6. Restrict the Use of Removable Media: Since media such as USB drives, CD-ROMs, and memory cards are some of the easiest and most popular ways of removing and transporting data, it may be worth removing or disabling USB ports, CD/DVD writers, and memory card slots if they are not needed to perform critical job functions.
7. Monitor Endpoint Activity: According to a 2015 survey done by SpectorSoft, endpoints are the most common launch point for insider attacks. This certainly emphasizes the importance of having robust endpoint security solutions and policies in place.
8. Monitor Outbound Network Traffic: In addition to monitoring firewalls for malicious inbound traffic, it is crucial to monitor and control outbound traffic by setting content rules and blocking certain ports and outbound protocols, like those used by file sharing applications.
9. Block Access to File Sharing Websites: File sharing websites are accessed from a browser through ports 80 and 443, so in this case, it is more convenient to block access to these individual sites than the ports. A good starter list can be found here, but make sure to keep up with new and active online file sharing services.
10. Prevent the Use of Tor, Anonymizers, and Proxies: Prevent employees from using the organization’s systems and networks to browse the Internet anonymously by not allowing them administrator privileges and by blocking access to online proxy services.
11. Monitor and Protect Wireless Devices: Make sure to implement a data protection solution for any and all mobile devices that connect to the organization’s network or contain and handle sensitive data. For instance, make sure that devices are password-protected and can be remotely wiped by the IT administrator if the device is ever lost.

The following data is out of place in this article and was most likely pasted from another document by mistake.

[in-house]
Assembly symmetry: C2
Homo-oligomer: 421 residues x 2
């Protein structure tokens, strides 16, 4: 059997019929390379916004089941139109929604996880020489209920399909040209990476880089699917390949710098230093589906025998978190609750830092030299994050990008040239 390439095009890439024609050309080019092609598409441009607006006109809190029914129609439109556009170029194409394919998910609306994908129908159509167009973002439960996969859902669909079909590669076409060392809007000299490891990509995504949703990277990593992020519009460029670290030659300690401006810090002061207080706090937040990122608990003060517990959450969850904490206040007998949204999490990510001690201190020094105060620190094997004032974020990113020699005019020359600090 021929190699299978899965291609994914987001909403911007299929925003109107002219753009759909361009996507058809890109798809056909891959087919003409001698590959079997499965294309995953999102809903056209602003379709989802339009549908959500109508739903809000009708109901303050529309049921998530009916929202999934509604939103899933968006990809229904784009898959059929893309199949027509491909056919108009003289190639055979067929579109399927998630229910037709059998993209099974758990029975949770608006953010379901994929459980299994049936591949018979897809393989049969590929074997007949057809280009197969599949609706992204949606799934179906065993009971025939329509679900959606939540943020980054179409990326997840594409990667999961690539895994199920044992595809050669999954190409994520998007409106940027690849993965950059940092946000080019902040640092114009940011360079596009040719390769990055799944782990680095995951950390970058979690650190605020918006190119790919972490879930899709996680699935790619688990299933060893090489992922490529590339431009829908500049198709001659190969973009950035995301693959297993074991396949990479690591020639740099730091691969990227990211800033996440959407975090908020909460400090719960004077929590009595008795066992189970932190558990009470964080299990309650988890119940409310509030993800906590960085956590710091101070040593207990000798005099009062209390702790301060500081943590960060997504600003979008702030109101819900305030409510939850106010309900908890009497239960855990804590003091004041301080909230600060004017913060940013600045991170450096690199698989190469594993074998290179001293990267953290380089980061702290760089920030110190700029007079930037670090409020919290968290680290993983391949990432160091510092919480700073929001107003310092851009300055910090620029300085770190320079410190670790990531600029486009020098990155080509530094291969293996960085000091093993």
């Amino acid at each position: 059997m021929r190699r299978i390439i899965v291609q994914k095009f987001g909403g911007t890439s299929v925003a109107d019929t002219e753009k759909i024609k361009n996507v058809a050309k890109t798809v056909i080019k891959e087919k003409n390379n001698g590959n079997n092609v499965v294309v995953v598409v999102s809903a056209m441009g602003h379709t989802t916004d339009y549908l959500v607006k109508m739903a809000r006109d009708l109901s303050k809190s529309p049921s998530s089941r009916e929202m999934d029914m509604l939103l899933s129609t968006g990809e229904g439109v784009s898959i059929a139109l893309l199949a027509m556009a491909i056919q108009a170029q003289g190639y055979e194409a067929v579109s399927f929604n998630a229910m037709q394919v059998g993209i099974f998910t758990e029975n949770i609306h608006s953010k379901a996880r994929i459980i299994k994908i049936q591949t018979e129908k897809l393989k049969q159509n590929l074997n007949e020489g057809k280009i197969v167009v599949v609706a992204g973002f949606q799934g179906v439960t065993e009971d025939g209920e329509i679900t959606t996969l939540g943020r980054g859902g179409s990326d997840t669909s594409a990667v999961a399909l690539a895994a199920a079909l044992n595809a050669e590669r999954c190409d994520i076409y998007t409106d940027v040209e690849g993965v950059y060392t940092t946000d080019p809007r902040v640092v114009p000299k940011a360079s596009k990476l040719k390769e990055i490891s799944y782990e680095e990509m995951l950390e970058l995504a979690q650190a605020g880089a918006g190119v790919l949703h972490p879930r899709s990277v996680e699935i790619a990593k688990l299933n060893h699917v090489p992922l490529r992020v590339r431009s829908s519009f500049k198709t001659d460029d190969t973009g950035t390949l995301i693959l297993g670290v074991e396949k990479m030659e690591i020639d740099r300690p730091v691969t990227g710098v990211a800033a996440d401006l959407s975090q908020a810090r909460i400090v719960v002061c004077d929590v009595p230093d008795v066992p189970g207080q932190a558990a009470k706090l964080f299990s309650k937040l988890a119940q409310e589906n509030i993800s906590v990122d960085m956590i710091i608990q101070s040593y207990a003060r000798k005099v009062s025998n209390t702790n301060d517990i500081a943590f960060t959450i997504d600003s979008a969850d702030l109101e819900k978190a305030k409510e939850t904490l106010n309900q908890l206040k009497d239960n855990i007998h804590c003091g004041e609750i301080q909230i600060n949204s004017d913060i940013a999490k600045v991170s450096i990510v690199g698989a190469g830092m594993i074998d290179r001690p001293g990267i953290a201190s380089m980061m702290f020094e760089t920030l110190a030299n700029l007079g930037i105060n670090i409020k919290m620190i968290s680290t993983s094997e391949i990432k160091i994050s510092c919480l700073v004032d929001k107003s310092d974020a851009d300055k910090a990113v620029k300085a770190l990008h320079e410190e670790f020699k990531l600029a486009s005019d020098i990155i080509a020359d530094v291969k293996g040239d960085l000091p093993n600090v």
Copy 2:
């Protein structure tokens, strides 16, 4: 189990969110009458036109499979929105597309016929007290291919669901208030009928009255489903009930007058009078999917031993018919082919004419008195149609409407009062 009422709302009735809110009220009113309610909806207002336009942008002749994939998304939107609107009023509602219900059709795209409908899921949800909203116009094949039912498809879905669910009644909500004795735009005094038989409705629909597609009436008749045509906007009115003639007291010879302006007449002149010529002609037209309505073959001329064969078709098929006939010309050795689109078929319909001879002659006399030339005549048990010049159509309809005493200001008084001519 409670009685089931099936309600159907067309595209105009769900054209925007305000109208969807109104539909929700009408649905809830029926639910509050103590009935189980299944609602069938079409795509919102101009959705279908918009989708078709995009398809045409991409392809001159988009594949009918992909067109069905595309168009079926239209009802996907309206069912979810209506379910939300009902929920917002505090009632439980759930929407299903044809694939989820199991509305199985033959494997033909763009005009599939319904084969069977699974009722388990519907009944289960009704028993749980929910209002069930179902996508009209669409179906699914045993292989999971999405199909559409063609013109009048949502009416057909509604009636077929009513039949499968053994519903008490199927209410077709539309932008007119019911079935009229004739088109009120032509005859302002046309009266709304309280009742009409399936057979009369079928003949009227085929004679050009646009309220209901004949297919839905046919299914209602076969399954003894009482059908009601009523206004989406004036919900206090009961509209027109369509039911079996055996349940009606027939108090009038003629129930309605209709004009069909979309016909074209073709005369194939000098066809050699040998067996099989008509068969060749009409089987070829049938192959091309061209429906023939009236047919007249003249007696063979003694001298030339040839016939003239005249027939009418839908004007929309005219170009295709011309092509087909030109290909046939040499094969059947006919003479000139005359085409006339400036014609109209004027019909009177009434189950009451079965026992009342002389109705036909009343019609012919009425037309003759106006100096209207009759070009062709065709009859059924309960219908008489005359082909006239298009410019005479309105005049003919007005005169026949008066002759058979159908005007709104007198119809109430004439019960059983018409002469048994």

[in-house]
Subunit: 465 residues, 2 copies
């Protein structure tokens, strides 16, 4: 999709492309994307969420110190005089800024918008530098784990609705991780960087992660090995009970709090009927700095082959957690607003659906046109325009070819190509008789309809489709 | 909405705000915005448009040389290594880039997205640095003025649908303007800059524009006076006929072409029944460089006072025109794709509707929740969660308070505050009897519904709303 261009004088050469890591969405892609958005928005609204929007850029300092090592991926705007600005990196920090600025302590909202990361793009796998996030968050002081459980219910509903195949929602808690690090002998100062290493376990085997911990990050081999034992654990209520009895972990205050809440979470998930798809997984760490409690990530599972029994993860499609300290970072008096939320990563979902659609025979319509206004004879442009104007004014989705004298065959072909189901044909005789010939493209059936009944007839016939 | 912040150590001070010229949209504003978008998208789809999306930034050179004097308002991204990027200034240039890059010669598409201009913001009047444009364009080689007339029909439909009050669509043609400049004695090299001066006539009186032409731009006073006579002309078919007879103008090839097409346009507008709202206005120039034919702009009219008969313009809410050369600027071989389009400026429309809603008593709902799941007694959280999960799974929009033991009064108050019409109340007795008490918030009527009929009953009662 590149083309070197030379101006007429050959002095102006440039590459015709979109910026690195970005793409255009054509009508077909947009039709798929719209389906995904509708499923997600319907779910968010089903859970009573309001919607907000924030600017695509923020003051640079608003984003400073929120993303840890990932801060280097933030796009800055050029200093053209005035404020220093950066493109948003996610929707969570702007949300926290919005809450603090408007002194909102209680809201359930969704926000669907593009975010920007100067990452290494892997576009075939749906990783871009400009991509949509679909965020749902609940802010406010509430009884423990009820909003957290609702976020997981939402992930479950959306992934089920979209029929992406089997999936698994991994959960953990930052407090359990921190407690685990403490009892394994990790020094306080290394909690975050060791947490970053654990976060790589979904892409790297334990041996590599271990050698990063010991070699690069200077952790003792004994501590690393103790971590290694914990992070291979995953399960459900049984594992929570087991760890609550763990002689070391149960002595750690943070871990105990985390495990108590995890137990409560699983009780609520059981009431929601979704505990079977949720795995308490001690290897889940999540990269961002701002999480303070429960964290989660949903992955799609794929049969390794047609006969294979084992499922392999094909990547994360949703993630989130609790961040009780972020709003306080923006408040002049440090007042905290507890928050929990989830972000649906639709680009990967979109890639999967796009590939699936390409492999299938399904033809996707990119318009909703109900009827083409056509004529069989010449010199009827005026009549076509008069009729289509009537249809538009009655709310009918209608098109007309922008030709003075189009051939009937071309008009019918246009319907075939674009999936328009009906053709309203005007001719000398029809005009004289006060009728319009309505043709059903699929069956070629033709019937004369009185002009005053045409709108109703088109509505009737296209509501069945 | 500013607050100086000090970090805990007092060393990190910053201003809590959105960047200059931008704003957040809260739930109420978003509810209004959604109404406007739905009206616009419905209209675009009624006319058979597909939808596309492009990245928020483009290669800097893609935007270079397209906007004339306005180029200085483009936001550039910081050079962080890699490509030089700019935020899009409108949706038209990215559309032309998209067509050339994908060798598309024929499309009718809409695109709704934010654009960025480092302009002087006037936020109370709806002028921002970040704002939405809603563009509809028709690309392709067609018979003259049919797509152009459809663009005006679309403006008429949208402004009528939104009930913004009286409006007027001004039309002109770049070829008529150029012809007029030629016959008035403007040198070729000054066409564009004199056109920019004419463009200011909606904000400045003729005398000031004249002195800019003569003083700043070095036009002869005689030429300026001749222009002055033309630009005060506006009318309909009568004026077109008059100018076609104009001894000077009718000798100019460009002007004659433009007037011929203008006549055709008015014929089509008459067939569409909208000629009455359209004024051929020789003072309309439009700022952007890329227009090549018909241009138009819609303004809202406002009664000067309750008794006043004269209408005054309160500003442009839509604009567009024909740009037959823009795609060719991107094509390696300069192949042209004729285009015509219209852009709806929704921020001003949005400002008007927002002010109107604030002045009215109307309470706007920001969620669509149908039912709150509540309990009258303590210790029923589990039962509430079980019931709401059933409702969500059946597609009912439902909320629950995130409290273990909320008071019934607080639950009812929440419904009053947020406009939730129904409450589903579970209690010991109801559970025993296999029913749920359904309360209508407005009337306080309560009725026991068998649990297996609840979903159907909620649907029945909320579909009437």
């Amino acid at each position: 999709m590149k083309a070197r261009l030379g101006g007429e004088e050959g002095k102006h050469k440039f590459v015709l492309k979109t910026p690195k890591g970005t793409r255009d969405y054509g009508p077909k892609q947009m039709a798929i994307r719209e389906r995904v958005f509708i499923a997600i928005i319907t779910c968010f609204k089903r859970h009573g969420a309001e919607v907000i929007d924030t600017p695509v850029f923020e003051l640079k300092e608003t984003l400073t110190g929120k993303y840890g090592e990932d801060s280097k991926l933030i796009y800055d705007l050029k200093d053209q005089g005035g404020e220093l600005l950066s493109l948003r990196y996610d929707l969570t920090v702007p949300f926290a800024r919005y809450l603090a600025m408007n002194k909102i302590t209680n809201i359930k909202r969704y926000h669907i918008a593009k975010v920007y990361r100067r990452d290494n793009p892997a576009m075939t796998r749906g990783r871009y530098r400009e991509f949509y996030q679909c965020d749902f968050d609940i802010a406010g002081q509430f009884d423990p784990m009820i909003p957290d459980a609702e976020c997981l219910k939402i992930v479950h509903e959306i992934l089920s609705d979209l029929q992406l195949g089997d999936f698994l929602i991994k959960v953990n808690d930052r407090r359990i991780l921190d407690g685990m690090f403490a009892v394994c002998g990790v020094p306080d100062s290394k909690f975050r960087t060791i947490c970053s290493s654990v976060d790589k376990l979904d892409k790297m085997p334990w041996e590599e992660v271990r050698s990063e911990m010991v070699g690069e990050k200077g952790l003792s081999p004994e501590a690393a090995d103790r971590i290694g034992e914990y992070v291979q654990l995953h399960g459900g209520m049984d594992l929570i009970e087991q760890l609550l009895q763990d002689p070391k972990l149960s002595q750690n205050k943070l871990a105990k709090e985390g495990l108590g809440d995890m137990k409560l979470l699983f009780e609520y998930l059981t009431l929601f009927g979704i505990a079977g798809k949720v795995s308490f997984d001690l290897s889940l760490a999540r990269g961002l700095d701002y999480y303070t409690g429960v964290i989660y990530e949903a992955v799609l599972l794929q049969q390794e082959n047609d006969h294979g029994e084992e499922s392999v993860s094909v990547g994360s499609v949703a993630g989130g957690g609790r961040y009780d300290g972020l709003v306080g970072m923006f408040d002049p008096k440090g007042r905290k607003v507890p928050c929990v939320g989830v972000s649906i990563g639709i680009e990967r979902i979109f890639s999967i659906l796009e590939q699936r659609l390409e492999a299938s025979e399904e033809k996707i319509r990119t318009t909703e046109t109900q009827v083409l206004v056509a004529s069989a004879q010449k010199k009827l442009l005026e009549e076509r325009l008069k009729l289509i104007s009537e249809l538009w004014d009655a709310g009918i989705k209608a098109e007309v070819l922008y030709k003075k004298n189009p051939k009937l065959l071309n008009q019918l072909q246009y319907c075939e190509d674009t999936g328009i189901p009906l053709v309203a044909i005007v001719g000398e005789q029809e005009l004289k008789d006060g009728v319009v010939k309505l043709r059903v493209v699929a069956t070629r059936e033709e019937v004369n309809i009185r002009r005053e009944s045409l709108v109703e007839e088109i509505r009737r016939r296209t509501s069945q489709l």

12. Use Data Loss Prevention (DLP) Software: Consider adopting one of the various DLP software solutions available to protect and monitor the transmission of sensitive data while enforcing security policy compliance.
13. Watch for Early Warning Indicators: Detecting abnormal behaviors of people operating within your organization can go a long way in preventing data theft. Possible indicators include:
- Suddenly working excessively late hours
- Working unscheduled on weekends or during other shifts
- Remotely accessing the network during off-hours
- Never taking a vacation
- Accessing parts of a system or network that is unnecessary for the person’s job
- Exporting large amounts of data to external drives or via email to a personal account
- Mass deletion of items or activities to attempt to cover one’s digital tracks
- Switching screens away from current computer activity when approached by others
- Continuously exhibiting signs of anger or hostility towards coworkers, the job, or the organization.
- Suddenly complaining about financial difficulties or legal troubles
- Possesses knowledge of confidential company information before it’s made public
It is important to note that although much of the responsibility for protecting an organization’s sensitive information rests on the shoulders of its IT department, it is ultimately up to everybody within the organization to do as much as they can to prevent data theft from insider threats. Last week’s ruling by the U.S. Third Circuit Court of Appeals in Philadelphia that gave the Federal Trade Commission (FTC) permission to hold organizations accountable for data breaches signifies a drastic shift in how courts will view and respond to future data theft incidents. The time is now to ensure the future success of your organization by putting sensible practices in place and staying ahead of the technological curve when it comes to data security.